Millions of people in the country currently have some type of alcohol abuse disorder. As of 2014, almost 87 percent of people ages 18 or older had an alcohol problem at some point in their life.
However, the fact remains that only a fraction of those people will ever seek help for their abuse or addiction. This even applies to severe cases of alcohol addiction. There is no level of abuse or addiction where an individual cannot benefit from alcohol detox treatment. Of course, there are many who could seek detox from alcohol, but are afraid of withdrawal symptoms, or are unsure of how long it will last or what it will entail. Many ask the following questions.
- How long will it take to detox from my alcohol addiction? People should keep in mind that detox is simply the initial step to rid the body of harmful toxins. Detox can last from seven to 10 days, or from 30 to 90 days. It all depends on the severity of the patient’s addiction, their health, and length of time addicted. It also depends on their desire and willingness to get well.
- Other medical or behavioral issues will also affect how long an individual remains in detox or rehab. An effective treatment center will seek to uncover co-occurring conditions, mental or otherwise, and treat those while treating their addiction. The more thorough the treatment, the greater the likelihood a patient will experience long-term sobriety and escape relapse.
- Detox, its length and depth, will also depend on the patient’s mental, social, spiritual, and emotional needs. Detox can be trying for many, and extremely uncomfortable. Withdrawal symptoms can include sweating, vomiting, nausea, hallucinations, dehydration, loss of appetite, and more. Of course, specific withdrawal symptoms depend on the client’s drug or illicit substance of choice.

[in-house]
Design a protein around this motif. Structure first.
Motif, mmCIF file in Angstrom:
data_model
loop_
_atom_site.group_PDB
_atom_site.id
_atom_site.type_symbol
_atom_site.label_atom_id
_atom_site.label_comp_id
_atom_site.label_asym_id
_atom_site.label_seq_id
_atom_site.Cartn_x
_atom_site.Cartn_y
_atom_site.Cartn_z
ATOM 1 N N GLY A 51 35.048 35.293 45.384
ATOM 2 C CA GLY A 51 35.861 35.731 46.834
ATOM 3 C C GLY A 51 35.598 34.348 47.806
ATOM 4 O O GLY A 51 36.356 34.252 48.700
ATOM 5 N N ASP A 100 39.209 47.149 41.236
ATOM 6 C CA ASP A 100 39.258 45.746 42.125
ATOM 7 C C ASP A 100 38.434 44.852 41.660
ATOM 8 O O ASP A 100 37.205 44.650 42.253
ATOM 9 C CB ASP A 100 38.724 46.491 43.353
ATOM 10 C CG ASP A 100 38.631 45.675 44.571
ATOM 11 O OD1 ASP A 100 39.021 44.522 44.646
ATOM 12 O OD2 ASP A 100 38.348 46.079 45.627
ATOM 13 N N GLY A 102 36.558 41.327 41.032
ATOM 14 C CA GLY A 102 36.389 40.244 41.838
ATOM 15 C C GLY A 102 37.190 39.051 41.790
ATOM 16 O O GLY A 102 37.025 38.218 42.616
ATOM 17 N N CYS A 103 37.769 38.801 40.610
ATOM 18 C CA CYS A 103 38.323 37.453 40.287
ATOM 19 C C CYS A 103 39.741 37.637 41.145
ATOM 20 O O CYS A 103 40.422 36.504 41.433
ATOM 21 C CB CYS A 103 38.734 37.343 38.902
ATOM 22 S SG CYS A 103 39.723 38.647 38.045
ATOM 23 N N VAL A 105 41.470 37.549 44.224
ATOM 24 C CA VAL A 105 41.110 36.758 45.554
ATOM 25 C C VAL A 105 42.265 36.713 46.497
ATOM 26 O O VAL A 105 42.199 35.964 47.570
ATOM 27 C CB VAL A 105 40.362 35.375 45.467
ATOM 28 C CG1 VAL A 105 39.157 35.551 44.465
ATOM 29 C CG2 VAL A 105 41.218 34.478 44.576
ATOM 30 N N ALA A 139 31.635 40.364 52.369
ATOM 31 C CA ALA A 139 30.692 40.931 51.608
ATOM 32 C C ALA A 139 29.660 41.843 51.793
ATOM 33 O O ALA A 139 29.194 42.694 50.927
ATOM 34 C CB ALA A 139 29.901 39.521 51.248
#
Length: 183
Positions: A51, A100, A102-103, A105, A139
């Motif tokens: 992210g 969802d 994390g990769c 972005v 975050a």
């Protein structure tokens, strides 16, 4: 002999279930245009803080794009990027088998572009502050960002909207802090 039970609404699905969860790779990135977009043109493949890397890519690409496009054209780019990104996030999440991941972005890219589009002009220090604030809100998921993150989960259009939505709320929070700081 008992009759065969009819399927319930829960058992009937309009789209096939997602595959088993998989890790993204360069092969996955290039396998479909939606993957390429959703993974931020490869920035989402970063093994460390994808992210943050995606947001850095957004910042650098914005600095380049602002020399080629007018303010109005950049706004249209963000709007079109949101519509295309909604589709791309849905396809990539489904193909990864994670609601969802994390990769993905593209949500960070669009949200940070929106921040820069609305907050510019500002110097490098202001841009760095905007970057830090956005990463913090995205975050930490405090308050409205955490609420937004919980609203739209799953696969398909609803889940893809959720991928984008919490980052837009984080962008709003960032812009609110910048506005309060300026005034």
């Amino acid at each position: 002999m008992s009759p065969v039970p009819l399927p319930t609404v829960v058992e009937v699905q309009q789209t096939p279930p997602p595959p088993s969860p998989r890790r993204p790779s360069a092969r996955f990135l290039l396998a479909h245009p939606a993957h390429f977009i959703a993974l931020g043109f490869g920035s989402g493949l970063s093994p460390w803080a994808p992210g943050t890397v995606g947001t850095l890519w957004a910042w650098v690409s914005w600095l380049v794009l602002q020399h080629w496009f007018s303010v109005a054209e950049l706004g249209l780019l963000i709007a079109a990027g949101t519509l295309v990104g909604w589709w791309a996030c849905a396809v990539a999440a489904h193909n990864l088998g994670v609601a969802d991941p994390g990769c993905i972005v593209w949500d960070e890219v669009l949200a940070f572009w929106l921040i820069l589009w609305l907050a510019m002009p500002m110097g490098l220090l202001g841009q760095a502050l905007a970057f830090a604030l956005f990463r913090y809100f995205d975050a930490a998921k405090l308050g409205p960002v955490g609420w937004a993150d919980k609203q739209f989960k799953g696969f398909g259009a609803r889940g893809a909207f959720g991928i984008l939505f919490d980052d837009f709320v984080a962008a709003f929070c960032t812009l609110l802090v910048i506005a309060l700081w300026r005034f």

Alcohol withdrawal can consist of the following three phases:
- Acute Withdrawal – When an individual suffers at this phase, expect tremors and seizures during their first 24 hours of withdrawal. Withdrawal symptoms should peak after 72 hours.
- Early Abstinence – During this period, anxiety and mood swings may manifest, but without painful or acute withdrawal symptoms. Clearly, the patient is making progress. Severe anxieties should disappear within a six period. Note that women may take a little longer than men on average to pass through this period.
- Protracted Abstinence – This is the final phase and the patients sates of unrest, anxiety and unease may have abated. However, the patient still has to be careful to avoid triggers that might lead to relapse.
Alcohol’s Long-Term Effects on the Human Body
Long-term addiction definitely has a harmful effect on the body. The heart is at risk for a heart attack, strokes and high blood pressure are possible. The liver is often the hardest hit and cirrhosis is quite common. Alcohol can also weaken the addicted person’s immune system and leave them open to all sorts of diseases that include cancer. Poor appetites rob the alcoholic of vital vitamins and nutrients. You might say the body is nutritionally compromised.
Detox should include a lot of vitamin B1 supplements along with boosts of iron. Patients respond well to broths and herbal tea treatments so as to maintain good hydration. Medications will also be prescribed that can help reduce alcohol cravings. Because of the dangers of harmful withdrawal symptoms, detox should never be attempted outside of a clinically safe facility.
The goal of the entire rehab program is to help patients to stay sober and prevent future relapses. It is doable, but the patient must have a strong mental foundation for success. Cognitive therapies can benefit patients tremendously by helping them make the connection between their thinking and behavior.